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Army Officer Held for Selling Secrets to Soviets

December 22, 1988|RONALD J. OSTROW and ROBERT C. TOTH | Times Staff Writers

WASHINGTON — Moving to shut off what one official called "a massive hemorrhage" of U.S. defense secrets to East Germany and the Soviet Union, federal agents Wednesday arrested an Army specialist in electronic eavesdropping equipment and a Turkish citizen accused of serving as his courier in a six-year espionage operation.

Warrant Officer James W. Hall III, 30, whose "high-living style" first alerted U.S. authorities, was arrested by Army intelligence agents at Ft. Stewart, Ga., after detailing his espionage activities in the United States and West Germany to an undercover FBI agent posing as a Soviet intelligence officer.

Charged in Conspiracy

Huseyin Yildirim, 60, a Turkish national living in Florida who is also known as "Meister," was arrested in Tampa, Fla., by FBI agents on charges of conspiring with Hall and "others" to turn over national defense secrets to foreign agents.

Federal law enforcement sources said that Hall had been paid at least $100,000 for passing Army secrets to the East Germans and the Soviets. Hall, according to an FBI affidavit, "admitted his motivation to be greed" in a more than two-hour meeting Tuesday night with the FBI undercover agent posing as a Soviet spy.

Although intelligence sources said that it would be some time before an accurate "damage assessment" could be completed, they seemed most concerned about the loss of secrets involving capabilities for "signal intelligence," or electronic eavesdropping.

One federal law enforcement source described the alleged Hall-Yildirim operation as "a massive hemorrhage." But another rated it as "a 6 or 7" on a scale of 10, with the family spy ring run by John A. Walker Jr. that sold Navy code secrets to the Soviets as a 10.

Hall, who entered the Army as an enlisted man in 1976 and trained in signal intelligence and electronic warfare, was first assigned to Schneeberg, Germany, in June, 1977. Four years later, he was sent to Berlin, reputed to be a key listening post for military intelligence.

After an assignment at Ft. Monmouth, N.J., he returned to West Germany, this time to Frankfurt, in January, 1986, as chief of an electronic warfare and signals intelligence section. Hall became a warrant officer last February and then was assigned to the 24th Infantry Division at Ft. Stewart.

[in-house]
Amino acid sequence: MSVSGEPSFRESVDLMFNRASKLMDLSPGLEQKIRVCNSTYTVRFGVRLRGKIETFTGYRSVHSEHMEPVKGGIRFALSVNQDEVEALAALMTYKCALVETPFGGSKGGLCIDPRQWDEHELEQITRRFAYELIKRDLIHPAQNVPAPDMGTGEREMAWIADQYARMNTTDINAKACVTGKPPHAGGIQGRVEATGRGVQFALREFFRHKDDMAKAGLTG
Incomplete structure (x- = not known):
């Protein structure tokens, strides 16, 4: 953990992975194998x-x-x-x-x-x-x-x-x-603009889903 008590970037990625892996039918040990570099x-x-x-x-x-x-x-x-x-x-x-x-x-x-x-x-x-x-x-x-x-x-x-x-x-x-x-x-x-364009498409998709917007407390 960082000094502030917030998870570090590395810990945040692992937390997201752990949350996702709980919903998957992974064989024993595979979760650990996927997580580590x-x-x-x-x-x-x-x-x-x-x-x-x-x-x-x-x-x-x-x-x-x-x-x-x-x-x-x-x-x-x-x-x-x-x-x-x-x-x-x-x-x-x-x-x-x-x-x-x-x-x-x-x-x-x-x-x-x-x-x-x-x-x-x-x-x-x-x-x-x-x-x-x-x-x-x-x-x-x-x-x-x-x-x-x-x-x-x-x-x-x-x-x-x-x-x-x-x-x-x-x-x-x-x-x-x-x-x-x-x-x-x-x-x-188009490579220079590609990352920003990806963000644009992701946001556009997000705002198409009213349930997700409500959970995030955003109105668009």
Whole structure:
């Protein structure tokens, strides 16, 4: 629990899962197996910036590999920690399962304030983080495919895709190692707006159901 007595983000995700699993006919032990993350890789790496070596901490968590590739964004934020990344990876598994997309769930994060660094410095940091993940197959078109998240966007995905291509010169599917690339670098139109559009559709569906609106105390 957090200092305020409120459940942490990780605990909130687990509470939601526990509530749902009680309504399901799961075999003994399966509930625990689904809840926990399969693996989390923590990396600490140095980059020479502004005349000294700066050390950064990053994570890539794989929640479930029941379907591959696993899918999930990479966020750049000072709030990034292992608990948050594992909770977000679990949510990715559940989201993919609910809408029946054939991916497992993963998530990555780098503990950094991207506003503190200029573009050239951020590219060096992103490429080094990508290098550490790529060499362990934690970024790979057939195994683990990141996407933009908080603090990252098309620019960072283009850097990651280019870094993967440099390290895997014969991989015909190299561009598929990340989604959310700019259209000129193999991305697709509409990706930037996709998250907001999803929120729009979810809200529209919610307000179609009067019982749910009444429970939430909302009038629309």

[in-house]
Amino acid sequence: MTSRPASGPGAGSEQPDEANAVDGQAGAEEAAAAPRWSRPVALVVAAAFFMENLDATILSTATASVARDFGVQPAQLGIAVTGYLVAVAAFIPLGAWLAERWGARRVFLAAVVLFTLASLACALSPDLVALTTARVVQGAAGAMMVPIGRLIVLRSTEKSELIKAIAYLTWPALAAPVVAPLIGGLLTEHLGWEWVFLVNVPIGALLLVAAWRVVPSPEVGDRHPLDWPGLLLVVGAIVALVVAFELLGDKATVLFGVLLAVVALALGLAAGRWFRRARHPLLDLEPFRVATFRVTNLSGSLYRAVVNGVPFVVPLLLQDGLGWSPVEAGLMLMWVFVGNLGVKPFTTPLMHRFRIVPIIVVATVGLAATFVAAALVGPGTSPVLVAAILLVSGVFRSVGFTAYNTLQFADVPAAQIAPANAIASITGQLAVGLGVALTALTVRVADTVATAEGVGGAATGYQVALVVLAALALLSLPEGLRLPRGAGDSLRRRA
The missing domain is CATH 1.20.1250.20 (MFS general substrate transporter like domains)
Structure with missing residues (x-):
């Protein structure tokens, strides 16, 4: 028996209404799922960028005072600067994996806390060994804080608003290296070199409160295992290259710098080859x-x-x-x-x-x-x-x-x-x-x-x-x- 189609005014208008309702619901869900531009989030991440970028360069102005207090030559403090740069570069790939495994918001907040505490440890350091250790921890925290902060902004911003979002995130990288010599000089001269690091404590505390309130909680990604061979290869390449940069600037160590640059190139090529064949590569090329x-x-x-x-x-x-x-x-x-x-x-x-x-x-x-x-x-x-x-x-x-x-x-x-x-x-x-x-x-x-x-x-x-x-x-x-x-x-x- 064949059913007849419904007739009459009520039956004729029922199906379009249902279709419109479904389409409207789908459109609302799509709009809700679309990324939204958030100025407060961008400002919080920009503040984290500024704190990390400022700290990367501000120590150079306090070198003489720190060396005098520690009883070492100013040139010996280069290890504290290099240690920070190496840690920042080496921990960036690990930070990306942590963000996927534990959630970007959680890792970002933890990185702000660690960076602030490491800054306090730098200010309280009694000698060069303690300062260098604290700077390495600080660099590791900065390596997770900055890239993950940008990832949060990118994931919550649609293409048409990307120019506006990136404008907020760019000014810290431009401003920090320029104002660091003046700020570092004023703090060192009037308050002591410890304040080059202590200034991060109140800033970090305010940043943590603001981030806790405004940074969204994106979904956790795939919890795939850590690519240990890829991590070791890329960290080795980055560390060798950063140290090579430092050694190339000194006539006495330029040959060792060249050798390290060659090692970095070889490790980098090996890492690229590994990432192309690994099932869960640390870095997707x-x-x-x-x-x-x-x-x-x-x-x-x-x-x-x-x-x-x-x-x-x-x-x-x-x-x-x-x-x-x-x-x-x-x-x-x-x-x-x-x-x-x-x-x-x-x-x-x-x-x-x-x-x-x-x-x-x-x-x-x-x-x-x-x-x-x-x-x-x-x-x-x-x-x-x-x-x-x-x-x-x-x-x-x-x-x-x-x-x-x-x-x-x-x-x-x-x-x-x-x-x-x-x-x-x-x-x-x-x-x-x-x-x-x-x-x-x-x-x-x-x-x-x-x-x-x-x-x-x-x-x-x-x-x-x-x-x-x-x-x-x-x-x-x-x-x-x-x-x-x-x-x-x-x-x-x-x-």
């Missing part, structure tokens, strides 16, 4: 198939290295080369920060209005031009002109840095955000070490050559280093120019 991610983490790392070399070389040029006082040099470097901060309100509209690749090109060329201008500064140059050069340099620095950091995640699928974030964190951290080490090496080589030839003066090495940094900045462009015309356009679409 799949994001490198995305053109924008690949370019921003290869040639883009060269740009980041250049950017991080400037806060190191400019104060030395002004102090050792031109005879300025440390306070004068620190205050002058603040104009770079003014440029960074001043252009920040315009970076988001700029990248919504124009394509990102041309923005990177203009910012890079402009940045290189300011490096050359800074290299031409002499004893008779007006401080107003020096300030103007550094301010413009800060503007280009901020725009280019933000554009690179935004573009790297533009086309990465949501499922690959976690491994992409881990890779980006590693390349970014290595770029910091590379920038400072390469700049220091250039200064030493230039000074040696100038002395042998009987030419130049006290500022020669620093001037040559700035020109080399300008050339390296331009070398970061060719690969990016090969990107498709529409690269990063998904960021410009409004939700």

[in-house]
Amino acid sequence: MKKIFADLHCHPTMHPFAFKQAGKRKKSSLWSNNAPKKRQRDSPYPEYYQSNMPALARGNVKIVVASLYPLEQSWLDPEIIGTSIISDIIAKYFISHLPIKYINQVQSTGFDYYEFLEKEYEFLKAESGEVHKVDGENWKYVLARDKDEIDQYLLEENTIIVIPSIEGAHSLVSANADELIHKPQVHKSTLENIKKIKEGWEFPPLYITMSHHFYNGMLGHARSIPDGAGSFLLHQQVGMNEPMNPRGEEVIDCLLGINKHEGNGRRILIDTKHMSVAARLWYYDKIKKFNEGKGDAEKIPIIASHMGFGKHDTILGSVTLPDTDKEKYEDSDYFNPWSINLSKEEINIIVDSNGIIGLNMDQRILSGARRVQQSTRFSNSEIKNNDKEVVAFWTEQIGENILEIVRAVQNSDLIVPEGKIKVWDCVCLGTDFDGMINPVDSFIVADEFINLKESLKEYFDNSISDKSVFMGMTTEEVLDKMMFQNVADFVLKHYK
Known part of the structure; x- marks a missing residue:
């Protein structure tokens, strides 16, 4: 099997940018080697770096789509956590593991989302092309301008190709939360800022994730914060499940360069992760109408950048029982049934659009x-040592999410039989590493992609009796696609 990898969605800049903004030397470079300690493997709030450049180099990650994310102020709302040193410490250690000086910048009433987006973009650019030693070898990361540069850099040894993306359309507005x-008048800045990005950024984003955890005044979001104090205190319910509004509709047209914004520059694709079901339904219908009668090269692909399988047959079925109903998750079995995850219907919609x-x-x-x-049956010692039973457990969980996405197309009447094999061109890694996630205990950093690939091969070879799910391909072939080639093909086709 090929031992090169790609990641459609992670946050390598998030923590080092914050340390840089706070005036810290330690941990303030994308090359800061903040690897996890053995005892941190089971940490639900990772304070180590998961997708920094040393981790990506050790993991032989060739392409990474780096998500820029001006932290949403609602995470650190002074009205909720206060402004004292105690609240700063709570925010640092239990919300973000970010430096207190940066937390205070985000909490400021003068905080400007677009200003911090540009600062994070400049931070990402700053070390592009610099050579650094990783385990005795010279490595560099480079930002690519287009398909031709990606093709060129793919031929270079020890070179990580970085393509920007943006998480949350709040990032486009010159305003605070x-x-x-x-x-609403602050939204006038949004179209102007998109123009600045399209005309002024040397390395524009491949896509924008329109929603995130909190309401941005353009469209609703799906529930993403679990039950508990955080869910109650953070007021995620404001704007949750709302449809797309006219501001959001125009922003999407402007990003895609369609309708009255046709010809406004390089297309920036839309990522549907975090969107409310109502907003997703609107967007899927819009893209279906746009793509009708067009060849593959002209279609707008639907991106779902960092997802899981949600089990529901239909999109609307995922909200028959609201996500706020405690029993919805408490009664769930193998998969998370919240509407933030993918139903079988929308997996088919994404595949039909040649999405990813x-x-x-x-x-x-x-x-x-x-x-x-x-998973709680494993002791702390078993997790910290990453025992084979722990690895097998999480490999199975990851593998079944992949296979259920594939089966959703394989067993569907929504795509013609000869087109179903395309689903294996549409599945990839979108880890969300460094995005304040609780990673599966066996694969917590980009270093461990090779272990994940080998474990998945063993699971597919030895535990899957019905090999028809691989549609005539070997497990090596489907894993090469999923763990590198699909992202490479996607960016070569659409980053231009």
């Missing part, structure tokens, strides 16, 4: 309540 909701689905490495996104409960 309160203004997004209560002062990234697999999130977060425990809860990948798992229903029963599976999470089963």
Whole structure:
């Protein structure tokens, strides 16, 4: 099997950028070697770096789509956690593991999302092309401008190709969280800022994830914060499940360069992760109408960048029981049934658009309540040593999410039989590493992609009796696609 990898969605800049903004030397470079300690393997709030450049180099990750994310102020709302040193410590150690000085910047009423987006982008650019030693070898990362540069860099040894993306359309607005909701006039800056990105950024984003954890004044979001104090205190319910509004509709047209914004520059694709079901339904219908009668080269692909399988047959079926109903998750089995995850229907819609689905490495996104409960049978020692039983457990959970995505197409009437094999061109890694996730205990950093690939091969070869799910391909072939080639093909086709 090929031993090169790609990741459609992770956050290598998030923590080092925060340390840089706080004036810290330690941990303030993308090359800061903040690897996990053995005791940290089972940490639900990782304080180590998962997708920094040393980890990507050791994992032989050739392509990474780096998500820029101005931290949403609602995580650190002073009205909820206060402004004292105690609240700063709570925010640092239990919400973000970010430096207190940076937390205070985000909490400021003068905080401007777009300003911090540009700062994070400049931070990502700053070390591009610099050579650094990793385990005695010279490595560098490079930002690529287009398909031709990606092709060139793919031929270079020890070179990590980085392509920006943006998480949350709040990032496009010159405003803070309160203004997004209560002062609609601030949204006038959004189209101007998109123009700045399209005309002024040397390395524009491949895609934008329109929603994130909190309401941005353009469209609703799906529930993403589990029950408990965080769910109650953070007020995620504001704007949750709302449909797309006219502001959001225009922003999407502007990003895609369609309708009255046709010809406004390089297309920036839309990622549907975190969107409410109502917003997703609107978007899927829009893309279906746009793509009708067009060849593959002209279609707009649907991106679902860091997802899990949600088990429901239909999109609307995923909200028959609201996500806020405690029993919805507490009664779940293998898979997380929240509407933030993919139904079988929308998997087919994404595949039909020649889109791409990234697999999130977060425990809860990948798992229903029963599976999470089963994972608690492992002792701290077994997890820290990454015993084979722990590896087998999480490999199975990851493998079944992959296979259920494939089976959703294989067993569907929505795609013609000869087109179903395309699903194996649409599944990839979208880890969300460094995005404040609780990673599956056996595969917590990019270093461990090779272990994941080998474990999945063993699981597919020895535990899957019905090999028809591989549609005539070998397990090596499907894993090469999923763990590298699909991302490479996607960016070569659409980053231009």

Units to which Hall has been assigned engage in cryptographic analysis, electronic intelligence, voice intercept activities, communications intelligence and electronic warfare.

"The suspected espionage took place in Europe and in the continental United States," said Lt. Col. John Chapla, an Army spokesman. An intelligence source said that Hall had been in contact with East German agents in the United States.

Difficult to Prove

Evidence to support espionage allegations generally is difficult to gather unless investigators are able to catch a suspect with classified documents, in meetings with foreign agents or with some other incriminating evidence.

Hall's arrest apparently followed a lengthy investigation that allegedly culminated with his making highly incriminating statements to an FBI undercover agent who managed to convince Hall that he was a Soviet operative.

In the FBI affidavit, which was submitted to a federal court in Savannah, Ga., in support of Yildirim's arrest, FBI agent Charles B. Youmans Jr. said that information about the espionage ring had been gleaned from "seized documents, surveillance and review of video and audio monitored conversations."

The meeting between Hall and the unidentified undercover FBI agent occurred Tuesday night at a hotel in the Savannah area. Youmans said in his affidavit that Hall told the bogus Soviet operative he had been passing highly sensitive signal intelligence documents to the Soviet and the East German intelligence services since late 1982.

"He specifically stated that the 'Meister' (Yildirim) actively participated with him in the reproduction and transmittal of classified national defense documents to the East Germans," Youmans' affidavit said.

Served as Conduit

"Hall reported that the 'Meister' was his conduit for both the dissemination of intelligence documents to the East Germans and his receipt of payments in U.S. and German currency from the East Germans up until January of 1988, when Hall departed Germany for reassignment in the United States."

Hall's meeting with the undercover agent was monitored by Army intelligence and FBI agents.

During his conversation with the agent, who one source said was wearing a hidden electronic recording device, Hall described his espionage for the Soviets and East Germans in "notable detail," Youmans said.

He "boasted of the important signal intelligence information that he had passed and admitted his motivation to be greed," the affidavit said.

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